Ships need a reliable way to know their exact location at sea — and for centuries, the lack of a dependable method caused shipwrecks and economic havoc for every seafaring nation. In this week’s episode of the Futility Closet podcast we’ll meet John Harrison, the self-taught English clockmaker who dedicated his life to crafting a reliable solution to this crucial problem.

We’ll also admire a dentist and puzzle over a magic bus stop.

See full show notes …

Podcast Episode 168: The Destruction of the Doves Type


In March 1913, Thomas James Cobden-Sanderson threw the most beautiful typeface in the world off of London’s Hammersmith Bridge to keep it out of the hands of his estranged printing partner. In this week’s episode of the Futility Closet podcast we’ll explore what would lead a man to destroy the culmination of his life’s work — and what led one modern admirer to try to revive it.

We’ll also scrutinize a housekeeper and puzzle over a slumped child.

See full show notes …

Podcast Episode 167: A Manhattan Murder Mystery


In May 1920, wealthy womanizer Joseph Elwell was found shot to death alone in his locked house in upper Manhattan. The police identified hundreds of people who might have wanted Elwell dead, but they couldn’t quite pin the crime on any of them. In this week’s episode of the Futility Closet podcast we’ll review the sensational murder that the Chicago Tribune called “one of the toughest mysteries of all times.”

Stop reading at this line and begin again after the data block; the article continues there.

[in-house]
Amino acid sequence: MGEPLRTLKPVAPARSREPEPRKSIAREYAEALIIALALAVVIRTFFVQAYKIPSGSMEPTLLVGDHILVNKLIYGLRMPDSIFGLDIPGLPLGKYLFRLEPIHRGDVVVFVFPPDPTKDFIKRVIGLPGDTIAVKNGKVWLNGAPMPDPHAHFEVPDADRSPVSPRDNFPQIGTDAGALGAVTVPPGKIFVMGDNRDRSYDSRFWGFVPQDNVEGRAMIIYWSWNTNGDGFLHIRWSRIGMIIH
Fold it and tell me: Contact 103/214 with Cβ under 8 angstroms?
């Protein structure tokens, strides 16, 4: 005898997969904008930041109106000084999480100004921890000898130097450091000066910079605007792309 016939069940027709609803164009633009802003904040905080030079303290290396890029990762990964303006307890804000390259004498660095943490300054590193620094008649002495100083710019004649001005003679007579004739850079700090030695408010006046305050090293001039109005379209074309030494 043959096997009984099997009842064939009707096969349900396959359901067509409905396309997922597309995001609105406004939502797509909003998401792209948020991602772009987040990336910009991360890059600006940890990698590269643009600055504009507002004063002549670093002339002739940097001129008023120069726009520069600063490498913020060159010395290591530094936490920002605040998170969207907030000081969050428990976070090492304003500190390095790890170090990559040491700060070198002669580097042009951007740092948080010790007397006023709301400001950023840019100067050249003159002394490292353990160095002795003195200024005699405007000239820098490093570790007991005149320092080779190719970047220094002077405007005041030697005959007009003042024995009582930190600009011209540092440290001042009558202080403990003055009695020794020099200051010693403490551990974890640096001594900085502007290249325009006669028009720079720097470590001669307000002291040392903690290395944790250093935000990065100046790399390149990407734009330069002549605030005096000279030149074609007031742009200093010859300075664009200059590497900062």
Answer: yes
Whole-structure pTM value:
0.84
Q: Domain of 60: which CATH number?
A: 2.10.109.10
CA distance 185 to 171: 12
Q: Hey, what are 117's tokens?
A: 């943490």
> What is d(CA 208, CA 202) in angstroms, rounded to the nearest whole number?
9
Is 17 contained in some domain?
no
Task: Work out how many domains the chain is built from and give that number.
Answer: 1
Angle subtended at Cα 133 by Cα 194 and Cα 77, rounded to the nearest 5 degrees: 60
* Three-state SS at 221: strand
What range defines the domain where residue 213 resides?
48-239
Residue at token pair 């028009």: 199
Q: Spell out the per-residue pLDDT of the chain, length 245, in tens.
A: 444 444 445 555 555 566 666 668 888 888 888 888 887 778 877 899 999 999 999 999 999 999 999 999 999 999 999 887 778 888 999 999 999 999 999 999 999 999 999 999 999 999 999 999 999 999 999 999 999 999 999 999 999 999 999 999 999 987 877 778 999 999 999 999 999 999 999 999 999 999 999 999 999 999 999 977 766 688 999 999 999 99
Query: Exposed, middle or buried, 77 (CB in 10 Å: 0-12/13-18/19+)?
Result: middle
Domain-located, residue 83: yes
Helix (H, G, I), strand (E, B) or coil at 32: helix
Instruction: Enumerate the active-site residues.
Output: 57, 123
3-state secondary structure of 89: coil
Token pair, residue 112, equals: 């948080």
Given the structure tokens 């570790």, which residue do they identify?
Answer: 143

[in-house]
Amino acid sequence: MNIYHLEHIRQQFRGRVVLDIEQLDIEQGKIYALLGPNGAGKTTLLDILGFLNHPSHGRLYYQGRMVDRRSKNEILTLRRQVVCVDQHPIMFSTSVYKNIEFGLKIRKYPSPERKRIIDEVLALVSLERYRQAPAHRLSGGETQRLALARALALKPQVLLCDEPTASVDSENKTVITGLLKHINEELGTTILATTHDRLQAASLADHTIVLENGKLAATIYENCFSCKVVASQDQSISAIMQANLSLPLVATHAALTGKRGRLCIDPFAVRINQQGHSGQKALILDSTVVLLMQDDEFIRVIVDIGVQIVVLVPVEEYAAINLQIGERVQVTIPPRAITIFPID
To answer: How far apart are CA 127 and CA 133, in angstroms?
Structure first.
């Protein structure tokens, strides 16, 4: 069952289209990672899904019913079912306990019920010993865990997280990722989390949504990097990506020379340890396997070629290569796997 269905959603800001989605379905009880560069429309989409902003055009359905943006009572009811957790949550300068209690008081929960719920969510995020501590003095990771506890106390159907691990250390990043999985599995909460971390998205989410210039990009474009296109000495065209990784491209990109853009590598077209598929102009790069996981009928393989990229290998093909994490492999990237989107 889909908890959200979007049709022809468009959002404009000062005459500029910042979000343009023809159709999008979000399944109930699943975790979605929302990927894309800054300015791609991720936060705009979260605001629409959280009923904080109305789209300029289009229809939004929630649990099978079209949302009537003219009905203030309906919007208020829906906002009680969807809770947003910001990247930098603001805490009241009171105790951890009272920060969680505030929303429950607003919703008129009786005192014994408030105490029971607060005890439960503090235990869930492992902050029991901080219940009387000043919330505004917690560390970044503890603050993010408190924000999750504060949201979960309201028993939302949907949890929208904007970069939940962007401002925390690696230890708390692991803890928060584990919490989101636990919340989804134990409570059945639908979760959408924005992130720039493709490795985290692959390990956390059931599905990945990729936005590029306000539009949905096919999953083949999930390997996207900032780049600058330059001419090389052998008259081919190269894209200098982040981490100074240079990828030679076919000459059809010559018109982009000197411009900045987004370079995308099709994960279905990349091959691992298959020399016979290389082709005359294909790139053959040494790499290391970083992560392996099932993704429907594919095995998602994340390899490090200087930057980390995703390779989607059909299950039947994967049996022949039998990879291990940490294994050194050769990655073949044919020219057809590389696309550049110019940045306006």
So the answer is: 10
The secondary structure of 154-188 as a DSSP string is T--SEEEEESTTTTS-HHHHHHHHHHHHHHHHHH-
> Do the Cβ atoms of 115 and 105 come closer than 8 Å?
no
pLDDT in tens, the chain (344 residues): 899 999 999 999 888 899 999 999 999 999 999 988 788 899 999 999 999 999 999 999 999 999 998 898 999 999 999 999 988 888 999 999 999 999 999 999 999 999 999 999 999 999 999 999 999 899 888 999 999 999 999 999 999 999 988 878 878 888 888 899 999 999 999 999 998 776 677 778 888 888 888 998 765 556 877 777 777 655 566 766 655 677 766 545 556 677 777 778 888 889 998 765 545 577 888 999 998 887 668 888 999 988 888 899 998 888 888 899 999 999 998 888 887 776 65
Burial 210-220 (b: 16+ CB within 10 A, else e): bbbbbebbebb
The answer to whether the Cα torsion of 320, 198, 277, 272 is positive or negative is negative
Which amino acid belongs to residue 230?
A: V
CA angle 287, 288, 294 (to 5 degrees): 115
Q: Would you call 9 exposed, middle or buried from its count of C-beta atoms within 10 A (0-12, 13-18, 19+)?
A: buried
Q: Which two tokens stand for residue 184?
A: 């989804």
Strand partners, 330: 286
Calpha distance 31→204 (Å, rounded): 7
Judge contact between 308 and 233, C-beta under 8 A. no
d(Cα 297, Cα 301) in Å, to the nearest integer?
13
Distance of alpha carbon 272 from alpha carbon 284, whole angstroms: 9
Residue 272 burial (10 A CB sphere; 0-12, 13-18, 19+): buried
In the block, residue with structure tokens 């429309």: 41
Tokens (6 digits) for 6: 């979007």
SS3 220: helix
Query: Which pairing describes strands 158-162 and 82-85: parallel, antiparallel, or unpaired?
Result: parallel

We’ll also learn a new use for scuba gear and puzzle over a sympathetic vandal.

See full show notes …

Podcast Episode 166: A Dangerous Voyage

gause and osborne

After Japan invaded the Philippines in 1941 two American servicemen hatched a desperate plan to sail 3,000 miles to Allied Australia in a 20-foot wooden fishing boat. In this week’s episode of the Futility Closet podcast we’ll join Rocky Gause and William Osborne as they struggle to avoid the Japanese and reach safety.

We’ll also tell time in Casablanca and puzzle over a towing fatality.

See full show notes …

Podcast Episode 165: A Case of Mistaken Identity


In 1896, Adolf Beck found himself caught up in a senseless legal nightmare: Twelve women from around London insisted that he’d deceived them and stolen their cash and jewelry. In this week’s episode of the Futility Closet podcast we’ll follow Beck’s incredible ordeal, which ignited a scandal and inspired historic reforms in the English justice system.

We’ll also covet some noble socks and puzzle over a numerical sacking.

See full show notes …

Podcast Episode 164: Vigil on the Ice

Image: Wikimedia Commons

In 1930, British explorer Augustine Courtauld volunteered to spend the winter alone on the Greenland ice cap, manning a remote weather station. As the snow gradually buried his hut and his supplies steadily dwindled, his relief party failed to arrive. In this week’s episode of the Futility Closet podcast we’ll follow Courtauld’s increasingly desperate vigil on the ice.

We’ll also retreat toward George III and puzzle over some unexpected evidence.

See full show notes …